Bigfoot Has An FBI File – And It's Strange

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Believe it or not, the FBI once investigated Bigfoot – and earlier this month, more than 40 years after said investigation, the bureau released its results.

Fifteen hairs, attached to a small piece of skin, found in the forest somewhere in the Pacific Northwest and submitted to the FBI by Bigfoot Information Center and Exhibition Director Peter Byrne in 1976: "of deer family origin."

That's what the FBI said in its records of the investigation, released June 5 – much to the dismay of Byrne, now 93.

"We're just finding this out," Byrne, who was born in Ireland, told the Washington Post. "It's disappointing."

How the Investigation Happened

In the mid-1970s, two biologists and U.S. Forest Service employees claimed to have spotted an unidentified creature walking between a pair of trees in a forested area of the Pacific Northwest. Upon hearing of this "credible sighting," as he called it, Byrne traveled to the site of the sighting and found that now-famous tuft of hair, snagged on a tree. He sent it in to the FBI, asking for an agent to "arrange for a comparative analysis of some hairs that we have here which we are unable to identify."

"Please understand that our research here is serious," Byrne wrote in his letter. "This is a serious question that needs answering."

Byrne told the Washington Post that he never heard back from the FBI, though the bureau's records show that Jay Cochran Jr., then-assistant director of the FBI's scientific and technical services division, wrote Byrne multiple times in response.

Exceptions to the Rules

Cochran's first letter to Byrne referenced department policy against taking such requests.

"Occasionally, on a case-by-case basis, in the interest of research and scientific inquiry, we make exceptions to this general policy," the letter stated. "With this understanding, we will examine the hairs and tissue mentioned in your letter."

A few months later, Cochran wrote to Byrne again, stating that a study of the sample's root structure, medullary structure, cuticle thickness and scale casts revealed "that the hairs are of deer family origin." Byrne alleges that he never received Cochran's letters.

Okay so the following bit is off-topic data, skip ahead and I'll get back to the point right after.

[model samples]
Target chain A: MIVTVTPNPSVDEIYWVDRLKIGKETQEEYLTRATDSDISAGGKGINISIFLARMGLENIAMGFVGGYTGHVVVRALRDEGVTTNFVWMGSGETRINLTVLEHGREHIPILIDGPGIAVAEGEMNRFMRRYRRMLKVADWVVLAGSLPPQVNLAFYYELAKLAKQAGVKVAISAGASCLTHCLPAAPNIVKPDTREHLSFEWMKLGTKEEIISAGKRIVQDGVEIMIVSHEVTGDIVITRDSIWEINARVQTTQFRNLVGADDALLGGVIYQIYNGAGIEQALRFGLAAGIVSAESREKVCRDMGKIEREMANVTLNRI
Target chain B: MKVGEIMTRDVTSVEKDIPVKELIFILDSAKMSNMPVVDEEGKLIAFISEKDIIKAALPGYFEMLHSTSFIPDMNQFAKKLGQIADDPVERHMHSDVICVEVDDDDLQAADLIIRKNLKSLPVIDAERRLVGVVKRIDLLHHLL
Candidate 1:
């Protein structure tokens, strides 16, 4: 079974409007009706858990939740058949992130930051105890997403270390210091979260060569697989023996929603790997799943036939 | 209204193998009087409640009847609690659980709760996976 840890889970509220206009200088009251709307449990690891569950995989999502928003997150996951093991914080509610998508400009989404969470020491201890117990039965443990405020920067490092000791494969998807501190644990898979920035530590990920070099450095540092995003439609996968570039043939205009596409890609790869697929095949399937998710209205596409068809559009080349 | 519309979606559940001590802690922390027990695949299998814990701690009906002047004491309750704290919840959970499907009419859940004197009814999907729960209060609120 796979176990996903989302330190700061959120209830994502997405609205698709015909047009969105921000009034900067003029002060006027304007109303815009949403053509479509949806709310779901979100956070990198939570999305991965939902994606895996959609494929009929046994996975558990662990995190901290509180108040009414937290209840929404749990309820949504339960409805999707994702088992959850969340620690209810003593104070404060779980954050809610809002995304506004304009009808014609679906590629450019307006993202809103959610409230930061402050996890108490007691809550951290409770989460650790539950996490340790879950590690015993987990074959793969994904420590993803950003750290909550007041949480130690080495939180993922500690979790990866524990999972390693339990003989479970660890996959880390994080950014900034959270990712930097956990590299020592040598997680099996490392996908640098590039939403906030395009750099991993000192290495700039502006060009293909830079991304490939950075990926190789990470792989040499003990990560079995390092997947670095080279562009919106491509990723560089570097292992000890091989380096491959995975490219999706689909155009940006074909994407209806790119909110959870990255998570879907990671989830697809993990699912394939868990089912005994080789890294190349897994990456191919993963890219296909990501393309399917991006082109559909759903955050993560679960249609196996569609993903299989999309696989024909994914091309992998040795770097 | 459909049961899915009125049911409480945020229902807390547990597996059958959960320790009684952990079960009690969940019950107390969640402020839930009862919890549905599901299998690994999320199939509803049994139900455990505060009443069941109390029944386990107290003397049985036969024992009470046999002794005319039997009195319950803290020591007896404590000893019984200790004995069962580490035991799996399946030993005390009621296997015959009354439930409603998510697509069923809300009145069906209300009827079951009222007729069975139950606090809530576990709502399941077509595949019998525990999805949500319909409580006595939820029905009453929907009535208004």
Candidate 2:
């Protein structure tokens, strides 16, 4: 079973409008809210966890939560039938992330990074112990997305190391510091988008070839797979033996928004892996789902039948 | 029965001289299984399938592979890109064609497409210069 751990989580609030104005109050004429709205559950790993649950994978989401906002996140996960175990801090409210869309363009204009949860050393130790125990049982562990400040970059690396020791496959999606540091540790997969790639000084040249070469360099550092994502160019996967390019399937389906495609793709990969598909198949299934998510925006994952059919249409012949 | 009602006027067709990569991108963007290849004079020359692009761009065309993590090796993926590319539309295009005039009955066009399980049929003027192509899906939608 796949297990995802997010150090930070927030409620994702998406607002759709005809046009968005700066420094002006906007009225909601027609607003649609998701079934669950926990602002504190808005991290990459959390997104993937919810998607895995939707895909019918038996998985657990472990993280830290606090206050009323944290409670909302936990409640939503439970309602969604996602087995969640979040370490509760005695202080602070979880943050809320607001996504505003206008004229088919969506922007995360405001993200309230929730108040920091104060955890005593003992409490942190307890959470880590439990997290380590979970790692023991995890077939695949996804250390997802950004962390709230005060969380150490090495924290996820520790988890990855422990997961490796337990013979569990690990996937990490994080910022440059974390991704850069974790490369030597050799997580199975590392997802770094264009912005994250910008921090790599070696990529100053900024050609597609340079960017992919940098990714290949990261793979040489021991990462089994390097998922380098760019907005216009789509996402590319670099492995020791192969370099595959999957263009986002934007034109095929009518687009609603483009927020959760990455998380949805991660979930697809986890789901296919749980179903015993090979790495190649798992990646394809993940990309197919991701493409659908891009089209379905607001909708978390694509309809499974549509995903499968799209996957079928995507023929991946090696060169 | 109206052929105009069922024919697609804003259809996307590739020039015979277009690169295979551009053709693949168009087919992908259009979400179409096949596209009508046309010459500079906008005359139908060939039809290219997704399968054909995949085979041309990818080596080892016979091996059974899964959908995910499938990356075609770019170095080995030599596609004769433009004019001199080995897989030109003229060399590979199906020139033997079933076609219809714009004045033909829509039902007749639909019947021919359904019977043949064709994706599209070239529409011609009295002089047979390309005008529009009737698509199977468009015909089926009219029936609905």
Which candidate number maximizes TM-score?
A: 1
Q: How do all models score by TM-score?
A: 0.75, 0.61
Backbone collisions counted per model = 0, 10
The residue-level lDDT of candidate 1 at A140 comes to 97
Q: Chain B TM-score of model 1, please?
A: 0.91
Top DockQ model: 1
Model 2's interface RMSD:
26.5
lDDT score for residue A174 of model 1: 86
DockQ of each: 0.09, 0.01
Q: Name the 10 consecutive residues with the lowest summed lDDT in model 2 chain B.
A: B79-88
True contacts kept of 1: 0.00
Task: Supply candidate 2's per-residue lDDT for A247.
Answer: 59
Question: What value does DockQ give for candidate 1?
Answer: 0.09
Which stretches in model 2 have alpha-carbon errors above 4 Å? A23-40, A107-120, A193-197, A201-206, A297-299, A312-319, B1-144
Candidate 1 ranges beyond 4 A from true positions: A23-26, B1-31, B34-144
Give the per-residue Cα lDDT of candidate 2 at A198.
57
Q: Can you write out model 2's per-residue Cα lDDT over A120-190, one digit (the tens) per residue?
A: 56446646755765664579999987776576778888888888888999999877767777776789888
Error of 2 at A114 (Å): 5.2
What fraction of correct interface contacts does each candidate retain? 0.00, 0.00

Benjamin Radford, deputy editor of Skeptical Inquirer Magazine, told History.com that the FBI conducting its Bigfoot investigation doesn't mean the bureau endorses Bigfoot's existence.

"All it means is the FBI did a favor to a Bigfoot researcher," Radford said, according to History.com. "There's nothing wrong with that, but it shouldn't be mistaken for de facto government endorsement of the reality of Bigfoot."

Byrne and Bigfoot

Byrne's Bigfoot passion sprouted in the 1940s and '50s, when his stint with the British Royal Air Force introduced him to foreigners who took interest in yeti myths, and conducting real-life yeti expeditions. Byrne ended up taking five separate trips to the Himalayas in search of a yeti, during which travels he met Americans who introduced him to the American concept of Bigfoot.

Byrne told the Washington Post that while he found Bigfoot theories laughable at first, he was drawn into them. He has since traveled all over the world, leading Bigfoot research projects and writing books about the yeti.

Now in his 90s, Byrne is still searching for evidence of Bigfoot, and the FBI's analysis results have not deterred him. If the FBI said his sample from the '70s was deer hair, true Bigfoot evidence must still exist – somewhere.

References

About the Author

Brenna Swanston is a freelance writer, editor and journalist. She covers topics including environment, education and agriculture. She previously reported for the Sun newspaper in Santa Maria, Calif., and holds a bachelor's in journalism from California Polytechnic State University. Swanston is an avid traveler and loves jazz, yoga and craft beer.

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